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Market Orientation: Antecedents and Consequences

Market Orientation: Antecedents and Consequences This research addresses three questions: (1) Why are some organizations more market-oriented than others? (2) What effect does a market orientation have on employees and business performance? (3) Does the linkage between a market orientation and business performance depend on the environmental context? The findings from two national samples suggest that a market orientation is related to top management emphasis on the orientation, risk aversion of top managers, interdepartmental conflict and connectedness, centralization, and reward system orientation. Furthermore, the findings suggest that a market orientation is related to overall (judgmental) business performance (but not market share), employees’ organizational commitment, and esprit de corps. Finally, the linkage between a market orientation and performance appears to be robust across environmental contexts that are characterized by varying degrees of market turbulence, competitive intensity, and technological turbulence. http://www.deepdyve.com/assets/images/DeepDyve-Logo-lg.png Journal of Marketing SAGE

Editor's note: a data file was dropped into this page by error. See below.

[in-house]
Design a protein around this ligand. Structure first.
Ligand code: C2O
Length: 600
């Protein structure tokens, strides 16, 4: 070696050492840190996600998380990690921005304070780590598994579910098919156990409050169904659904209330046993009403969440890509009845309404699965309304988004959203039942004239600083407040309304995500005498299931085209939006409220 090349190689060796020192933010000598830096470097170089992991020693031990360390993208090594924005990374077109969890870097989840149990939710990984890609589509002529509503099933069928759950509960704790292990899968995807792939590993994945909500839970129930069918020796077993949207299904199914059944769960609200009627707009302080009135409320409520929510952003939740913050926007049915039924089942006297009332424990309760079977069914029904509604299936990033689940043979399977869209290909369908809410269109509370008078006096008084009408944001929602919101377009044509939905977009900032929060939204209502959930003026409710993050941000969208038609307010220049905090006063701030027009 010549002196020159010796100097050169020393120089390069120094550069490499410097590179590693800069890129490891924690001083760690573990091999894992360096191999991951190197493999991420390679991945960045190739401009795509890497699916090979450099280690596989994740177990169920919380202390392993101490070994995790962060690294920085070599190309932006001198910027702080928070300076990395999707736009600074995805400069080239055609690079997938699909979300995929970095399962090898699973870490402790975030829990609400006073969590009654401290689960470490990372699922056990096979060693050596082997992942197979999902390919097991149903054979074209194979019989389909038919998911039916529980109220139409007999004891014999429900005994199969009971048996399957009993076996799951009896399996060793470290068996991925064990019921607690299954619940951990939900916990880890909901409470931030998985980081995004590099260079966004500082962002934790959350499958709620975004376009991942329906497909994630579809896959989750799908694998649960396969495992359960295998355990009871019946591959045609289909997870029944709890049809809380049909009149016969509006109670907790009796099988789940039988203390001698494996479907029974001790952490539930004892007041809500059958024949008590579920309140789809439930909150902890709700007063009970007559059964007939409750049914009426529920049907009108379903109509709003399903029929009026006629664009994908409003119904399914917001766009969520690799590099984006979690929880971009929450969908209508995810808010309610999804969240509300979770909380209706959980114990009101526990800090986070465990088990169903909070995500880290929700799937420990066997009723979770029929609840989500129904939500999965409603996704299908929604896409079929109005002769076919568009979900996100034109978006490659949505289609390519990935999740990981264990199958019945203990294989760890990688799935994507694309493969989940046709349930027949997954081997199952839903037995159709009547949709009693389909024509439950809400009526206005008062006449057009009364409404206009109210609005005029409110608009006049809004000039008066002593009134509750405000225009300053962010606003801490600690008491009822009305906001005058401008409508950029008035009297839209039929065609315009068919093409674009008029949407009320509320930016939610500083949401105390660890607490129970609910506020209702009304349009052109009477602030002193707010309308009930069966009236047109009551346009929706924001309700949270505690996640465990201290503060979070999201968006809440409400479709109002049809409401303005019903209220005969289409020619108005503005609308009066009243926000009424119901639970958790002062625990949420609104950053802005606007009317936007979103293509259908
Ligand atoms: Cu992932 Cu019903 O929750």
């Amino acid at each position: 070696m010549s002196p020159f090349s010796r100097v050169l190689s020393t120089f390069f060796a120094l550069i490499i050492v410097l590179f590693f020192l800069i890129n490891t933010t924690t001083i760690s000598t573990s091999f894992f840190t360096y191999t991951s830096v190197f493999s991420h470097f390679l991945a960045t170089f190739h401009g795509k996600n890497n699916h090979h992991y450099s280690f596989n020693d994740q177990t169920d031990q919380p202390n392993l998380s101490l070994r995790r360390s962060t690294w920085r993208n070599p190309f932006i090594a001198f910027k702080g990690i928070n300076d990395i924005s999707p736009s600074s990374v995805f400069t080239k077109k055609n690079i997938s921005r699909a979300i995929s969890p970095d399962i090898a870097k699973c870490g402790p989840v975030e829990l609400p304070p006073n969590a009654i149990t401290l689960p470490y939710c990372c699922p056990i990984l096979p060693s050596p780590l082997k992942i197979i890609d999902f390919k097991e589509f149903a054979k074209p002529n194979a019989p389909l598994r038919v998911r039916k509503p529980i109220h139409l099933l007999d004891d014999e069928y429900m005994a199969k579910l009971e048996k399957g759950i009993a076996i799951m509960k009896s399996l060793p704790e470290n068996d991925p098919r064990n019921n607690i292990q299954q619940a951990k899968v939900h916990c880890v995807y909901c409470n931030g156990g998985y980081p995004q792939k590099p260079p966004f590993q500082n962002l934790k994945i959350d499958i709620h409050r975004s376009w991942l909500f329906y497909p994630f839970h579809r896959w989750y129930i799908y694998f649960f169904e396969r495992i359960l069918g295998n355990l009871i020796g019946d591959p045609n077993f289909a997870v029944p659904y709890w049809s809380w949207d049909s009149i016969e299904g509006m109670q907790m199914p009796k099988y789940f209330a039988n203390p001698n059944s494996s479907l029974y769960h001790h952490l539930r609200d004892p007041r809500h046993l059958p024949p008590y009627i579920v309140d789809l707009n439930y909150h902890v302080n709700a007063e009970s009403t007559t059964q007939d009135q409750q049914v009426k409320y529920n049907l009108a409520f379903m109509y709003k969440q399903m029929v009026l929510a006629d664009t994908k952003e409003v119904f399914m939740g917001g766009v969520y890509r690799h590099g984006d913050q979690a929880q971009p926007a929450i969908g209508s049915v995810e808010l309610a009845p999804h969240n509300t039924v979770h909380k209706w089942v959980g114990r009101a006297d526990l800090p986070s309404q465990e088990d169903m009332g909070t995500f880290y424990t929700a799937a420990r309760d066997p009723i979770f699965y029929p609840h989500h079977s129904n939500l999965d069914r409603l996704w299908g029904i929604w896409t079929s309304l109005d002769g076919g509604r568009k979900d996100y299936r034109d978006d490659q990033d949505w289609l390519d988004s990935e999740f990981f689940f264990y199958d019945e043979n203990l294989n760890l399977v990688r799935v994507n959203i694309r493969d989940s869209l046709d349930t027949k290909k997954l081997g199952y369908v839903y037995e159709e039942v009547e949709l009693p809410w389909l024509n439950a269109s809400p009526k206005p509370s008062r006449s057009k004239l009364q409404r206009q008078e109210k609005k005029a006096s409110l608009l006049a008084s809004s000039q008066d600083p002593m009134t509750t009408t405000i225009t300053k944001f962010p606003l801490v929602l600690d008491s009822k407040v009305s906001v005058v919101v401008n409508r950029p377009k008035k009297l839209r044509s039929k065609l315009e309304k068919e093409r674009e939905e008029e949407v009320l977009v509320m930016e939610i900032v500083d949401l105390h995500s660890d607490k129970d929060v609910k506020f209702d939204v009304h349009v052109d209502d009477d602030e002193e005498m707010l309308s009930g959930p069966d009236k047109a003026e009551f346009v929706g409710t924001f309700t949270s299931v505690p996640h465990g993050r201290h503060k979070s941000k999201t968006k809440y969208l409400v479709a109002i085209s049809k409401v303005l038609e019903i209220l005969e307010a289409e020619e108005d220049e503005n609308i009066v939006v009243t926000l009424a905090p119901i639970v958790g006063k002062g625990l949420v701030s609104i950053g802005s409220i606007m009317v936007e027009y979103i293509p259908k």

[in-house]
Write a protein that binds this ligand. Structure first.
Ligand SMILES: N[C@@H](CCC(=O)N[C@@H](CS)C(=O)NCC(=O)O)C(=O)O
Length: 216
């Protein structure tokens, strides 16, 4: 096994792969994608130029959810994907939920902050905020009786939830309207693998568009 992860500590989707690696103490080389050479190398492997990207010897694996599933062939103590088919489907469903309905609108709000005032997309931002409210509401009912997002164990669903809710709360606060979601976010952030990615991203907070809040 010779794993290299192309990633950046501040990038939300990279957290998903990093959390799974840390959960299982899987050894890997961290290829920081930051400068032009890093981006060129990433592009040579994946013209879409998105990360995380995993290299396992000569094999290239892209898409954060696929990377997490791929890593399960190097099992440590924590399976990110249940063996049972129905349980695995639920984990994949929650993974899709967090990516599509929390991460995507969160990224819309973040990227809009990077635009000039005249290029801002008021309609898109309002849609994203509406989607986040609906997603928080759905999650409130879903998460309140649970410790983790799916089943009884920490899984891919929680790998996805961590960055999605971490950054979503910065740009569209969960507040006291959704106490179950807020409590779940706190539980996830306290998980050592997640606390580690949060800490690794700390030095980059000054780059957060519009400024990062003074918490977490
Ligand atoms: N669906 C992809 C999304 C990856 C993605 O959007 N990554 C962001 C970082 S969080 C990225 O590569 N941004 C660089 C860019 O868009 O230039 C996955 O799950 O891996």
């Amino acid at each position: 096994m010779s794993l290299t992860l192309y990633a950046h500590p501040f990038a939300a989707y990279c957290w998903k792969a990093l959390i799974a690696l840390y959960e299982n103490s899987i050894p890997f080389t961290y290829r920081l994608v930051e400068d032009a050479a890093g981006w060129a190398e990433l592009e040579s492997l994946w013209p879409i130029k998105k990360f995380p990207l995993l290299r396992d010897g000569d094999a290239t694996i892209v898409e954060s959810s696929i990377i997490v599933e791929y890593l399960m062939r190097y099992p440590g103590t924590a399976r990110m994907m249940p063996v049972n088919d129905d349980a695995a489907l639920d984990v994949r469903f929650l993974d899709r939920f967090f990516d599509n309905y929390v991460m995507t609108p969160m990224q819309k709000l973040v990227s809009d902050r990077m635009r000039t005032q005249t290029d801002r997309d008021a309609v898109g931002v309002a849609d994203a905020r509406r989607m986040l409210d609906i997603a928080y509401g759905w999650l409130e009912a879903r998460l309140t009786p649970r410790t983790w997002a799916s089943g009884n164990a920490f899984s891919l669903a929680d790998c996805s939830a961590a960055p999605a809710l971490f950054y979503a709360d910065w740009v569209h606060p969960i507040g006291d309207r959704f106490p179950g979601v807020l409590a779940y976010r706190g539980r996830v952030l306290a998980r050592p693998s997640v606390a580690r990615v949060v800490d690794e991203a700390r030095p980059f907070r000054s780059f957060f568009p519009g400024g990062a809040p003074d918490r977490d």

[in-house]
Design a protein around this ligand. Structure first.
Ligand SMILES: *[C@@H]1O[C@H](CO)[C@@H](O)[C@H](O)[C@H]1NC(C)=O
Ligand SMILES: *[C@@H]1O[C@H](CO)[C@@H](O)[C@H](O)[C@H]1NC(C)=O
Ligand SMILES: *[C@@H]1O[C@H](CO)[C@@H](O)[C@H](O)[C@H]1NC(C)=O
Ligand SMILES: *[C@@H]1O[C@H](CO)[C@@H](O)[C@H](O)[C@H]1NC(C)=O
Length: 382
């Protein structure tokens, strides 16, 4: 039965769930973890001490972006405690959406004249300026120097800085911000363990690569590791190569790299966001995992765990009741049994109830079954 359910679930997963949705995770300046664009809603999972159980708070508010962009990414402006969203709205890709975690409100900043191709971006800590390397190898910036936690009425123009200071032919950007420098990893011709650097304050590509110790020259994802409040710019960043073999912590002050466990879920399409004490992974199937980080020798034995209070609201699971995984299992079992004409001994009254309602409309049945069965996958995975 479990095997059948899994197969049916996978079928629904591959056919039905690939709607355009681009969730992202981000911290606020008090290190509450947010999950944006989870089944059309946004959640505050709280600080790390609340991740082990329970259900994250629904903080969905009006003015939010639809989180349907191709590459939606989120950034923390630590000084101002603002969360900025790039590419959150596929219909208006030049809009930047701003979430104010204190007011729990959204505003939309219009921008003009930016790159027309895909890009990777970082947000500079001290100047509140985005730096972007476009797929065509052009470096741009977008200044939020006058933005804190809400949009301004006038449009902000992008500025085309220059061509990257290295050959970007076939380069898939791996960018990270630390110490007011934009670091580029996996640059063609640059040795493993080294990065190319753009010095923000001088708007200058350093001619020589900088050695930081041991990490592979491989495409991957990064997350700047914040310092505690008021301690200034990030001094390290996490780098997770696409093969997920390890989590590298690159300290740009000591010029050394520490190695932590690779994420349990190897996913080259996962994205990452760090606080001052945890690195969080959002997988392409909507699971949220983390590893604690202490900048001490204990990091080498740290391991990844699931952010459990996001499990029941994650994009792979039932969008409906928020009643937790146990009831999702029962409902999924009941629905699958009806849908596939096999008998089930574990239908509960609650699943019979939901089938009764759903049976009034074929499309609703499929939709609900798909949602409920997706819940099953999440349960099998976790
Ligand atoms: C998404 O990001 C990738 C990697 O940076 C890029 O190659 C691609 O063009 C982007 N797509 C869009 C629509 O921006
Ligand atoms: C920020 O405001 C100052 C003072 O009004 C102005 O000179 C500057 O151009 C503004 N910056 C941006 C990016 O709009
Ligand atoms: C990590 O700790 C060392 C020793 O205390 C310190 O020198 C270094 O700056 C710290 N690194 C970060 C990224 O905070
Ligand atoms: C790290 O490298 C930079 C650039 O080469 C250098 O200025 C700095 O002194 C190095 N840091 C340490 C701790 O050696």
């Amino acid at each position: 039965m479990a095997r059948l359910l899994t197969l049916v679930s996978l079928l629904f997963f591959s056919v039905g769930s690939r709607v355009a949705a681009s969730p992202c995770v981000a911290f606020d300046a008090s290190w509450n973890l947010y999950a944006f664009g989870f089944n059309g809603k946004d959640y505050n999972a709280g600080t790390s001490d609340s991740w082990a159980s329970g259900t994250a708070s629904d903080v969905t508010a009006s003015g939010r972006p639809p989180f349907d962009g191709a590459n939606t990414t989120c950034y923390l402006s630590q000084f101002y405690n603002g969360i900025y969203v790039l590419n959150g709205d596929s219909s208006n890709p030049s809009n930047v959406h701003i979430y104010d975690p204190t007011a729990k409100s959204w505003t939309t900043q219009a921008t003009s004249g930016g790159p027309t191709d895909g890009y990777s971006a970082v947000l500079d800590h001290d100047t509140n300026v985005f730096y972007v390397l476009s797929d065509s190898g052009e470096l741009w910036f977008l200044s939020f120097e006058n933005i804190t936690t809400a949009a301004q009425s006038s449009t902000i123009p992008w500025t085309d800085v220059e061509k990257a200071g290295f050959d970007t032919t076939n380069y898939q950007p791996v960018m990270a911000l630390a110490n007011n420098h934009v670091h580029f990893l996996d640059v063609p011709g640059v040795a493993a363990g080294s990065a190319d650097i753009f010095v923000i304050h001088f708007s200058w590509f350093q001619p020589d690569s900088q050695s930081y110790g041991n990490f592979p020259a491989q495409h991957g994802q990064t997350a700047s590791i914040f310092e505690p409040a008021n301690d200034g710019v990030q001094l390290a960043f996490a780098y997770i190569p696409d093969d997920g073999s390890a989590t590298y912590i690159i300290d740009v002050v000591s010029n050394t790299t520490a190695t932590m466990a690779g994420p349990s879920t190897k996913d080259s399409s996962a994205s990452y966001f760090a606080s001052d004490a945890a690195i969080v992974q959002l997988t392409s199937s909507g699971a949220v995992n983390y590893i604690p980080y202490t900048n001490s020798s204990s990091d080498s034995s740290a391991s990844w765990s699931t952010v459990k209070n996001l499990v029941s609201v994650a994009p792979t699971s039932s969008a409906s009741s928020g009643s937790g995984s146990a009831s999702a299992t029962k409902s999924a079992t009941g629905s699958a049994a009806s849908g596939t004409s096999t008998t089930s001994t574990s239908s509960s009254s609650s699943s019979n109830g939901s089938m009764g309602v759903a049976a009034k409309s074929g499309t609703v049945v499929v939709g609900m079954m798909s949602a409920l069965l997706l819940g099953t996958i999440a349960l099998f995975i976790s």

Market Orientation: Antecedents and Consequences

Journal of Marketing , Volume 57 (3): 18 – Jul 1, 1993

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References (50)

Publisher
SAGE
Copyright
© 1993 American Marketing Association
ISSN
0022-2429
eISSN
1547-7185
DOI
10.1177/002224299305700304
Publisher site
See Article on Publisher Site

Abstract

This research addresses three questions: (1) Why are some organizations more market-oriented than others? (2) What effect does a market orientation have on employees and business performance? (3) Does the linkage between a market orientation and business performance depend on the environmental context? The findings from two national samples suggest that a market orientation is related to top management emphasis on the orientation, risk aversion of top managers, interdepartmental conflict and connectedness, centralization, and reward system orientation. Furthermore, the findings suggest that a market orientation is related to overall (judgmental) business performance (but not market share), employees’ organizational commitment, and esprit de corps. Finally, the linkage between a market orientation and performance appears to be robust across environmental contexts that are characterized by varying degrees of market turbulence, competitive intensity, and technological turbulence.

Journal

Journal of MarketingSAGE

Published: Jul 1, 1993

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